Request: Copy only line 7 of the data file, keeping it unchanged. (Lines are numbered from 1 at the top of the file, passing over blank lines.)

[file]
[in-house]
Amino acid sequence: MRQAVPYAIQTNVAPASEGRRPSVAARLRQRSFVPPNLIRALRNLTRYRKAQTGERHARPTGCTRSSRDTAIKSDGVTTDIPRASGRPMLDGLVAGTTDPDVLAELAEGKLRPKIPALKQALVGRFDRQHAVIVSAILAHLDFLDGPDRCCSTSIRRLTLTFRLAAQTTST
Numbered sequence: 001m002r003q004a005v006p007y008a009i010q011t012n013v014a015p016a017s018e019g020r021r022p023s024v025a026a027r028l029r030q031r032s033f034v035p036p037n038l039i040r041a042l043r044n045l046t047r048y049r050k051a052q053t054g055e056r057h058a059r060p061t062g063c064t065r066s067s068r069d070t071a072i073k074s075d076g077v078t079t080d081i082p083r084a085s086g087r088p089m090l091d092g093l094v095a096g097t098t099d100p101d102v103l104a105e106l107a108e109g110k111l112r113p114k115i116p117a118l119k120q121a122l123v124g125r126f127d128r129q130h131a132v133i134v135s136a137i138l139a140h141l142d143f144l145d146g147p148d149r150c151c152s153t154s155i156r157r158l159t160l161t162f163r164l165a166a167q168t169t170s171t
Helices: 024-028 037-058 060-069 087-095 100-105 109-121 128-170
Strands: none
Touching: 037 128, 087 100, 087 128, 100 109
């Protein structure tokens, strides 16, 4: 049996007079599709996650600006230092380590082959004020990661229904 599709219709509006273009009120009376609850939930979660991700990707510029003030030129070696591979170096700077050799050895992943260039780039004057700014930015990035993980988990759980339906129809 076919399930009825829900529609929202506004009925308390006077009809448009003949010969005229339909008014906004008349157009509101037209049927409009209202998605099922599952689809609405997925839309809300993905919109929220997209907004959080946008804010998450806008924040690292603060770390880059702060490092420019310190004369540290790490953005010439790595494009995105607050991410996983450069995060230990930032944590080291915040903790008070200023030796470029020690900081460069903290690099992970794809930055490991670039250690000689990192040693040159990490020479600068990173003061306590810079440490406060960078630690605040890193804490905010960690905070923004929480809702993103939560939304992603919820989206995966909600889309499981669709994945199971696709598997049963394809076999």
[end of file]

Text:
């Protein structure tokens, strides 16, 4: 049996007079599709996650600006230092380590082959004020990661229904 599709219709509006273009009120009376609850939930979660991700990707510029003030030129070696591979170096700077050799050895992943260039780039004057700014930015990035993980988990759980339906129809 076919399930009825829900529609929202506004009925308390006077009809448009003949010969005229339909008014906004008349157009509101037209049927409009209202998605099922599952689809609405997925839309809300993905919109929220997209907004959080946008804010998450806008924040690292603060770390880059702060490092420019310190004369540290790490953005010439790595494009995105607050991410996983450069995060230990930032944590080291915040903790008070200023030796470029020690900081460069903290690099992970794809930055490991670039250690000689990192040693040159990490020479600068990173003061306590810079440490406060960078630690605040890193804490905010960690905070923004929480809702993103939560939304992603919820989206995966909600889309499981669709994945199971696709598997049963394809076999």